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Over many days since November 12, the unusual sight of farm tractors chugging along small roads in several core areas of Chennai has greeted residents. These hardy machines with a water pump strapped on at the rear were snaking fat hoses into storm water drains in residential localities and pumping water out — evidence of a malfunctioning storm water drain system. The water pumped out was being dumped into larger streets which have bigger sewer connections capable of pumping millions of litres out.

Many roads in the core city acquired the appearance of a disaster zone, their surfaces eroded severely, trenches dug randomly to relieve stagnation, and crude obstacles placed to prevent vehicular movement in a bustling city.

By Monday, November 15, many of these interior streets had been cleared, helped by two preceding days of sunshine. Many roads were still partially blocked by the remains of fallen trees, mainly leaves and small branches, awaiting clearing crews of the Greater Chennai Corporation. The lucrative large trunk and bigger branches of the trees had been logged and removed quickly. Mambalam’s ‘flood carrier’, Madley Road vehicular subway just beyond the busy T. Nagar bus stand, was among the last to be cleared.

Yet, a wave of worry was sweeping Chennai as the India Meteorological Department (IMD) issued a fresh alert: expect heavy to very heavy rainfall along north coastal Tamil Nadu, along with southern Andhra Pradesh, between November 17 and 19. BBC’s weather forecast matched this, with the heaviest probability of 91% rainfall reserved for the afternoon of November 18.

In IMD literature, heavy and very heavy rainfall equates 64.5 – 115.5 mm and 115.6 – 204.4 mm respectively, presenting the frightening possibility that some parts of the city could expect rainfall of the kind that deluged it between November 7 and 11, if not the black swan catastrophe of 2015.

Creating fresh capacity

The beleaguered DMK government of M.K. Stalin – who has been seen in a hardy Range Rover touring rain-hit areas in Chennai and other districts, often distributing assistance – must now prepare for a possible Round Two in NE Monsoon 2021.

The government has a limited kit of options. After round one, it deployed pumps to drain out water from the SWD network in problem spots, apparently hoping to create fresh flood-absorbing capacity. Since the network is not full-fledged and has lost its integrity due to poor maintenance, it can only play a limited storage role. Having bootstrapped the SWD system onto the larger sewer network, with active pumping of water from streets, this method offers the government a choice during a fresh flood.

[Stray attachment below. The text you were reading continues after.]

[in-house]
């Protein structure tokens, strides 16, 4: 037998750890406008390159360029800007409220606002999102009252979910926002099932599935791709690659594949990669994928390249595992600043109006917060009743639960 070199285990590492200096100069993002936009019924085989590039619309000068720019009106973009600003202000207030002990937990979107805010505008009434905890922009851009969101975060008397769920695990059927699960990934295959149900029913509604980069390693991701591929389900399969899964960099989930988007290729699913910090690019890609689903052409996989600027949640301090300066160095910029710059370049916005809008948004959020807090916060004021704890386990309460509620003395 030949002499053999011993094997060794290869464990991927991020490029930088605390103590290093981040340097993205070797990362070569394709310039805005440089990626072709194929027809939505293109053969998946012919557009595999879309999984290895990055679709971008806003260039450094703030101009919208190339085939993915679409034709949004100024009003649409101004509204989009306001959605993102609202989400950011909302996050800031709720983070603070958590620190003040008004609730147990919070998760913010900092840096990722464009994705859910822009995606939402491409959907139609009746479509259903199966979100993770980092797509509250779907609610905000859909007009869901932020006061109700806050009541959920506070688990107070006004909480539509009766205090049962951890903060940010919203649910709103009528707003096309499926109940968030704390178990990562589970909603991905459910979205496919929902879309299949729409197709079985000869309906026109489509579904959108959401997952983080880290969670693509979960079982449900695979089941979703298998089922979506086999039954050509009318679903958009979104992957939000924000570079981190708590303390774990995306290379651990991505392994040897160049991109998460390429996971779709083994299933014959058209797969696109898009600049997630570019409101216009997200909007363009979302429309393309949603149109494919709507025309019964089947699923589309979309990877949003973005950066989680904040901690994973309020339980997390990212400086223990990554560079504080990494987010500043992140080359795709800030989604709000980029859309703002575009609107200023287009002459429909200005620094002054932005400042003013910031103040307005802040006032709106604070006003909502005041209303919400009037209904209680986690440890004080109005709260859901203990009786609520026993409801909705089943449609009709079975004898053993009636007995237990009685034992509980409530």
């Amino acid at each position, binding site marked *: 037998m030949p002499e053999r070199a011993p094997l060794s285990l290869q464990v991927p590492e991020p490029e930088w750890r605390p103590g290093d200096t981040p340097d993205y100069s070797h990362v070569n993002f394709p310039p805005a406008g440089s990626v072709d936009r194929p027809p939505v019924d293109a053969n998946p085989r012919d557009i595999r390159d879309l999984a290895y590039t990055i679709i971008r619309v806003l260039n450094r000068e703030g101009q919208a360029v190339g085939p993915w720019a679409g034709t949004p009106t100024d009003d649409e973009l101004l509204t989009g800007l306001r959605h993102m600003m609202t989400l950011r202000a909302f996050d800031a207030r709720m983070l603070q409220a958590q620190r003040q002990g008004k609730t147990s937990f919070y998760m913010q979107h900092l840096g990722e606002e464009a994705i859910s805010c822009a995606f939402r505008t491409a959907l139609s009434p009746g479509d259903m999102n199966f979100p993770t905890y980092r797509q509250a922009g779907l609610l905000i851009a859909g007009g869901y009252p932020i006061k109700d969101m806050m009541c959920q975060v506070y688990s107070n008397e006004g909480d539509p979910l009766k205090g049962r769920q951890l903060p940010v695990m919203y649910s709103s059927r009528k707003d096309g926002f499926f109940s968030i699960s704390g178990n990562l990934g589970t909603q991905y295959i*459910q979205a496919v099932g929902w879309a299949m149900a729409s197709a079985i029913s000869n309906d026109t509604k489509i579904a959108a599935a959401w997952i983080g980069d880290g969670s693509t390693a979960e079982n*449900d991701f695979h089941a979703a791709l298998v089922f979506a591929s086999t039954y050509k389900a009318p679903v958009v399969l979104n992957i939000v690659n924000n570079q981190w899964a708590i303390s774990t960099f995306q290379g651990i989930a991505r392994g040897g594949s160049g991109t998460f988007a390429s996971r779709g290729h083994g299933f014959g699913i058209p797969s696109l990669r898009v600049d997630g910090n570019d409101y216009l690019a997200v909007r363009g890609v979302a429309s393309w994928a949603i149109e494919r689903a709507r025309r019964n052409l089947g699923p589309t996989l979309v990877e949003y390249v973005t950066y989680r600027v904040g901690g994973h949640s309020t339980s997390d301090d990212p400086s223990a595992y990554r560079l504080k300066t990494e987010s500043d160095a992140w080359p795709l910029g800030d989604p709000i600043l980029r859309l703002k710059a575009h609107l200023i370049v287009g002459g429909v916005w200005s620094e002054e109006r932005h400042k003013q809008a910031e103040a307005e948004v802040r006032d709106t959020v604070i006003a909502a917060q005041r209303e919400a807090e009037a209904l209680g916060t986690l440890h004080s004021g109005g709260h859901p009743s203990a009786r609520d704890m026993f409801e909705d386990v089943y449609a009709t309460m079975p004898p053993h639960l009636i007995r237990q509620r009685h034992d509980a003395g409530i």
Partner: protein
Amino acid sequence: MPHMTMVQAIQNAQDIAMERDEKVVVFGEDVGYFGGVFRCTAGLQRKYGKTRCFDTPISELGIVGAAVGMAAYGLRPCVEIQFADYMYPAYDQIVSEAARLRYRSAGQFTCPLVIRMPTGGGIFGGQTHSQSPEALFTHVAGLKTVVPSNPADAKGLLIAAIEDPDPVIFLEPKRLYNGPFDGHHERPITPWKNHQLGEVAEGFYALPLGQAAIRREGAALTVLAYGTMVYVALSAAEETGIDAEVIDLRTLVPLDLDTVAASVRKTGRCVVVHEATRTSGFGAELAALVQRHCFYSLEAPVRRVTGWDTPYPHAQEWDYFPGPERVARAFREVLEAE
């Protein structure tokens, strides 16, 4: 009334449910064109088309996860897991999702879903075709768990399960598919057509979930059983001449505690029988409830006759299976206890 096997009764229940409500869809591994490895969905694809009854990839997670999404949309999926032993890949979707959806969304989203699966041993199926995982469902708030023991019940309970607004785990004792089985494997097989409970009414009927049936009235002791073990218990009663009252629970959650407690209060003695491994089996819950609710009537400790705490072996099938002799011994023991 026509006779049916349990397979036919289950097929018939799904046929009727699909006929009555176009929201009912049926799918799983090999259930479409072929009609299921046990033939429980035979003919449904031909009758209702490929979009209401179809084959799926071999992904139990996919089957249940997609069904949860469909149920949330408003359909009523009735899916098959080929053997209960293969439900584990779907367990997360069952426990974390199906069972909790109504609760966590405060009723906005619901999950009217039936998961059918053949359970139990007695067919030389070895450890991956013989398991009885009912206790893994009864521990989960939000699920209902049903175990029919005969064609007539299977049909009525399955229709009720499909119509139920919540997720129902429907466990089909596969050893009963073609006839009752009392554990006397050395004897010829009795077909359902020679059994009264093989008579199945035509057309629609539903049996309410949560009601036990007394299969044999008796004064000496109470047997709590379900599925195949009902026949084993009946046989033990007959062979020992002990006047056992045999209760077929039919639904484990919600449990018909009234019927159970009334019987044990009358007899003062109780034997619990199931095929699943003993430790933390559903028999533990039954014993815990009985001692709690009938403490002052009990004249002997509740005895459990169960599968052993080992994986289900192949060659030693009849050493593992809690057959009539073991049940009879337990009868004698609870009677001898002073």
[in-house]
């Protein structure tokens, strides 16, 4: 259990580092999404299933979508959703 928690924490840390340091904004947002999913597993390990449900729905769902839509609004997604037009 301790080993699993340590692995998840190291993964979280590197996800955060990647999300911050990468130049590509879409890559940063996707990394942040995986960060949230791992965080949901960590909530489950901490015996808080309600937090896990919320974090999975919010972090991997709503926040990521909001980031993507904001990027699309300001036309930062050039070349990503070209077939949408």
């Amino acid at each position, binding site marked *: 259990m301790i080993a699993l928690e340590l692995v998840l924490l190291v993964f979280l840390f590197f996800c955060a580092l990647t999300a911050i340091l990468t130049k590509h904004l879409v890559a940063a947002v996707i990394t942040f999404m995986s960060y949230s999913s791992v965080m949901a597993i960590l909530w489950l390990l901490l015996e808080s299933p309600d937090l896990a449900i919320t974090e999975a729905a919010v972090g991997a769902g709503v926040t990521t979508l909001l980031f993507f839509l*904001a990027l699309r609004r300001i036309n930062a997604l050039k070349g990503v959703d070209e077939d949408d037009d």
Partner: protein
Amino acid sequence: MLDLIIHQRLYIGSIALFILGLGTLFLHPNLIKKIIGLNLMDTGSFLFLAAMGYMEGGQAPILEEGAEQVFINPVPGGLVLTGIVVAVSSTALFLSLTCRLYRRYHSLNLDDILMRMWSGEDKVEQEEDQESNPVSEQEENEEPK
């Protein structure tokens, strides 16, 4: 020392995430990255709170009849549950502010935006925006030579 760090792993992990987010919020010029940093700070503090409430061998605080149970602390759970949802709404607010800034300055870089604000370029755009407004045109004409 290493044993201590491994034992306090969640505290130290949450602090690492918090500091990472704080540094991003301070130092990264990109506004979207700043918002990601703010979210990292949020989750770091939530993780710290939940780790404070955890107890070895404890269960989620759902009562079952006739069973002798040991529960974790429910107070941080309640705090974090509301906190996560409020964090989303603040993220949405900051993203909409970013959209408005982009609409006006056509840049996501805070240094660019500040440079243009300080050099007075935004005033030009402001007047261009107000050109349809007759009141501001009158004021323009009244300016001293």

Since the storm water drain network is not full-fledged and has lost its integrity due to poor maintenance, it can only play a limited storage role.

A second crisis is the paralysis from power cuts. In a heavily digitalised economy of services, absence of power and disrupted connectivity inflicts costs on everyone, including the government. It may be unavoidable to switch off power in many localities with weak housing and mounting water levels for safety, but Tamil Nadu’s electricity utility TANGEDCO has to be nimble, and ensure that its staff are responsive, to restore power as quickly as possible. There is also a tendency to use the flood bottleneck to collect bribes.

There are now recorded instances, in West Mambalam’s station road area, for instance, of electricity utility staff asking residents in adjacent streets to pool money and pay for flood-destroyed equipment including costly cables, for speedy restoration. Of course, residents may not get receipts. Interestingly, TANGEDCO launched a Rs 2,549 crore project during the erstwhile AIADMK regime, with a completion goal of 2020-21, to convert about 2,004 km of high tension and 33,307 km of low tension electrical cables into an underground cable system, to remove the risks during flooding and cyclones. It is now left to the new special panel under retired IAS officer V. Thiruppugazh to see how much of this has been completed, and how effectively it works.

TANGEDCO has to be nimble, and ensure that its staff are responsive, to restore power as quickly as possible. There is also a tendency to use the flood bottleneck to collect bribes.

There is also the issue of damaged electrical and electronic equipment in homes. Many residents have lost chargers, adapters, routers, and more expensive gadgets to the erratic quality and supply of power during the monsoon. The city administration can compensate them at least partially, either directly as a discount on their civic bills and profession tax, or as a universal ex-gratia payment to all residents. In 2019, the AIADMK government announced Rs. 2,000 each to 60 lakh families below the poverty line, as relief for Cyclone Gaja. There are other instances of cash payments as relief including for COVID-19.

Such “cash compensation” payments to ration card holders appears inevitable for a government under pressure to conduct urban local body elections, the latest and difficult deadline being December. The culture of relief payments is fully entrenched, with people expecting such a move from successive governments. Removing the underlying causes, which are insufficient and unscientific storm drain construction, absence of links to surviving urban tanks including temple tanks, loss of suburban lakes and silted drinking water reservoirs, will take a major effort.

There is the lost opportunity of lake desilting in Chennai, Kancheepuram, Chengalpattu and Thiruvallur. The erstwhile Edappadi Palaniswamy regime’s “free silt for farmers from desilted tanks” plan left out these districts, according to the State Disaster Management Perspective Plan, 2018-2030.


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